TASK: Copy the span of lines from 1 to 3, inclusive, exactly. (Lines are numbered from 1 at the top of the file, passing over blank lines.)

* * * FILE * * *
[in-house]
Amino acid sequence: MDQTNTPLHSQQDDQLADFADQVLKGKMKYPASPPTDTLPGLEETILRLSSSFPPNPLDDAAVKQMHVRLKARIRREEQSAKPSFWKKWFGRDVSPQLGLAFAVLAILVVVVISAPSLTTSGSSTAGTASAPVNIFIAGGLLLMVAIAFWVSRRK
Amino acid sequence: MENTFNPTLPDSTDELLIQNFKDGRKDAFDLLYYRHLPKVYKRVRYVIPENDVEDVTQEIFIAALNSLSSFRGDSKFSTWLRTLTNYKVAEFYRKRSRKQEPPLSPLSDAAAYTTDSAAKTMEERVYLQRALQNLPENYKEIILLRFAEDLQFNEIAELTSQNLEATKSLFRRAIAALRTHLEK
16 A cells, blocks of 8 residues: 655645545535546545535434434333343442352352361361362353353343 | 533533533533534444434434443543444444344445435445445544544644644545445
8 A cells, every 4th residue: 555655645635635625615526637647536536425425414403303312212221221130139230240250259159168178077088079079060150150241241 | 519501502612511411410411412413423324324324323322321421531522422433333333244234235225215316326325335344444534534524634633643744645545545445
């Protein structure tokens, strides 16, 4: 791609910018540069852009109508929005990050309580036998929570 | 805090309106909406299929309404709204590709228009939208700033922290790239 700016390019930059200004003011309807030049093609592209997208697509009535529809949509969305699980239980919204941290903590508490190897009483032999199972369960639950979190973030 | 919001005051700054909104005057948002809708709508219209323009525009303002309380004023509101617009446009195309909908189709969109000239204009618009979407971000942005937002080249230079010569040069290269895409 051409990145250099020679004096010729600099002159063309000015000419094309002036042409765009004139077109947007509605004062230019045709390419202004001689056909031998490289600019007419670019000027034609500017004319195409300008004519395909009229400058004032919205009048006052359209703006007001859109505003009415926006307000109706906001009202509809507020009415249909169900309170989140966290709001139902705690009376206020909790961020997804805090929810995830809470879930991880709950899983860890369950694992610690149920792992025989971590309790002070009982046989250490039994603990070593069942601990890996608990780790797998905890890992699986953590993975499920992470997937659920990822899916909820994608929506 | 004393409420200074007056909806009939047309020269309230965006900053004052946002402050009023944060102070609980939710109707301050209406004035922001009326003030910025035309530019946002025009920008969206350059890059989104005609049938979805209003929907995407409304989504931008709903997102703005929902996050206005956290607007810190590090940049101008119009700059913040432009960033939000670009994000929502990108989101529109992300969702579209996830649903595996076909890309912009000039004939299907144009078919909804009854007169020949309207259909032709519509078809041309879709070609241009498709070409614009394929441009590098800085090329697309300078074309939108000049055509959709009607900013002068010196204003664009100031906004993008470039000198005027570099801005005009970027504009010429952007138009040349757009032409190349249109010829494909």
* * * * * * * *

[in-house]
Amino acid sequence: MDQTNTPLHSQQDDQLADFADQVLKGKMKYPASPPTDTLPGLEETILRLSSSFPPNPLDDAAVKQMHVRLKARIRREEQSAKPSFWKKWFGRDVSPQLGLAFAVLAILVVVVISAPSLTTSGSSTAGTASAPVNIFIAGGLLLMVAIAFWVSRRK
Amino acid sequence: MENTFNPTLPDSTDELLIQNFKDGRKDAFDLLYYRHLPKVYKRVRYVIPENDVEDVTQEIFIAALNSLSSFRGDSKFSTWLRTLTNYKVAEFYRKRSRKQEPPLSPLSDAAAYTTDSAAKTMEERVYLQRALQNLPENYKEIILLRFAEDLQFNEIAELTSQNLEATKSLFRRAIAALRTHLEK